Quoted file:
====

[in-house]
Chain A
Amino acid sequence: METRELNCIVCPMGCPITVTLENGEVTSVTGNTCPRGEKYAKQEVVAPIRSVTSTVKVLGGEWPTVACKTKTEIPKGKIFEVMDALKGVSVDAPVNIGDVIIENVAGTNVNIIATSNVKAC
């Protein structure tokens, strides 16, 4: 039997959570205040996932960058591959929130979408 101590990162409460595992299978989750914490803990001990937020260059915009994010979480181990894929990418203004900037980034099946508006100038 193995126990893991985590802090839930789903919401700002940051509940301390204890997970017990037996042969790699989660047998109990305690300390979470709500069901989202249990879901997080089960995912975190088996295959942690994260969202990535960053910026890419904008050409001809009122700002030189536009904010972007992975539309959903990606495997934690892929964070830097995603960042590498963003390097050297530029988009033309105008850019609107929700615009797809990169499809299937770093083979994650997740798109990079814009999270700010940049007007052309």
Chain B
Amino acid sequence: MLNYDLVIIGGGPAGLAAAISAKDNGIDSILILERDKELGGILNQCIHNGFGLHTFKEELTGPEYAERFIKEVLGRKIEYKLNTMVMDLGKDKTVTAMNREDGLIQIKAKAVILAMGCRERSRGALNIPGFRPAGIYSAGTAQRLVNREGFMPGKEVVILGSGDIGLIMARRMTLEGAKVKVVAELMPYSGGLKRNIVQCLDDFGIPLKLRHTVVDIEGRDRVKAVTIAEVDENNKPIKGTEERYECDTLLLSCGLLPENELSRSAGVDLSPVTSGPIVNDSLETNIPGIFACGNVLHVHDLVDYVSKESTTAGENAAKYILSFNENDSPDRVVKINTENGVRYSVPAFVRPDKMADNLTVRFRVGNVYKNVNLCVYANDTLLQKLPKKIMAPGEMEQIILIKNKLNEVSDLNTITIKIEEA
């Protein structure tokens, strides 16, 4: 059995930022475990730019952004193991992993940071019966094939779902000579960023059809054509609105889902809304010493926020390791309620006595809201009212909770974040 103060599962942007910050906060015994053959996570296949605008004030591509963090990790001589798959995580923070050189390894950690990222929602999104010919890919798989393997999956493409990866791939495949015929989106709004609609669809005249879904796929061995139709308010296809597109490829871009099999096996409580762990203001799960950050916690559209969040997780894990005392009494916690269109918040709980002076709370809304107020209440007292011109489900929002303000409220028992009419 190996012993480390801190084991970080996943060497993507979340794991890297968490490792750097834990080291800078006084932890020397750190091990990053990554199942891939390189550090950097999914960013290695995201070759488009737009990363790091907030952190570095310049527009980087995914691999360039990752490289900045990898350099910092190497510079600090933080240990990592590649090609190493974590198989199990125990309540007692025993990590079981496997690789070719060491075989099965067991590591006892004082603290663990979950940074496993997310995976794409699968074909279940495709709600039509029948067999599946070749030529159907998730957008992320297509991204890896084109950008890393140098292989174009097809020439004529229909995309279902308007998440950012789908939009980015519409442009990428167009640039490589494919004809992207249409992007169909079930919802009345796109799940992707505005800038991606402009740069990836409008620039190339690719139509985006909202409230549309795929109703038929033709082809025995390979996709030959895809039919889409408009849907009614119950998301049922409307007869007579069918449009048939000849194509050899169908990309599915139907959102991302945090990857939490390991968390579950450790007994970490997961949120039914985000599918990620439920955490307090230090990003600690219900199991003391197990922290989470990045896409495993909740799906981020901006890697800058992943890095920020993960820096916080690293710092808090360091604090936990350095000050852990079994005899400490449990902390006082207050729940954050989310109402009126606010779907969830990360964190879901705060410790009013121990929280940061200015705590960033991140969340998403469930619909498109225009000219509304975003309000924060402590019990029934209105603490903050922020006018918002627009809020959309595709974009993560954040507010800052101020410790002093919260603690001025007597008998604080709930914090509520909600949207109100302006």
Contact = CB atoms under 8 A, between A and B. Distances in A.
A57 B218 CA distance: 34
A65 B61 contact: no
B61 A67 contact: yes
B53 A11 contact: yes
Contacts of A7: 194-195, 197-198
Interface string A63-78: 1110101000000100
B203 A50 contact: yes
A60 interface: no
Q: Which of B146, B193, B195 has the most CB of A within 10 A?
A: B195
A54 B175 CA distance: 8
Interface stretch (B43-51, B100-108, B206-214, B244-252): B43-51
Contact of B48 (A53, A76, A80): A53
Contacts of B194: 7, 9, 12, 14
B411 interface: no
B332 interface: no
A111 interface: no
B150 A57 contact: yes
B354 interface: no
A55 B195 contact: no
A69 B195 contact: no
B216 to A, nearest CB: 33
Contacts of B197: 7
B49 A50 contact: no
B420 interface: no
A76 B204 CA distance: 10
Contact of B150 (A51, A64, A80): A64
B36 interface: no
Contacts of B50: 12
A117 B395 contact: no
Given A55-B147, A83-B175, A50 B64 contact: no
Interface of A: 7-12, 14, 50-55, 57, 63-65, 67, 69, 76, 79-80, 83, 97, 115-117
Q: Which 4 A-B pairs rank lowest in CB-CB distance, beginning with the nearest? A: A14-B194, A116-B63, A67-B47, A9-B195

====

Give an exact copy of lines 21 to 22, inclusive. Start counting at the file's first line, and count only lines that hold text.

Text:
Contact of B48 (A53, A76, A80): A53
Contacts of B194: 7, 9, 12, 14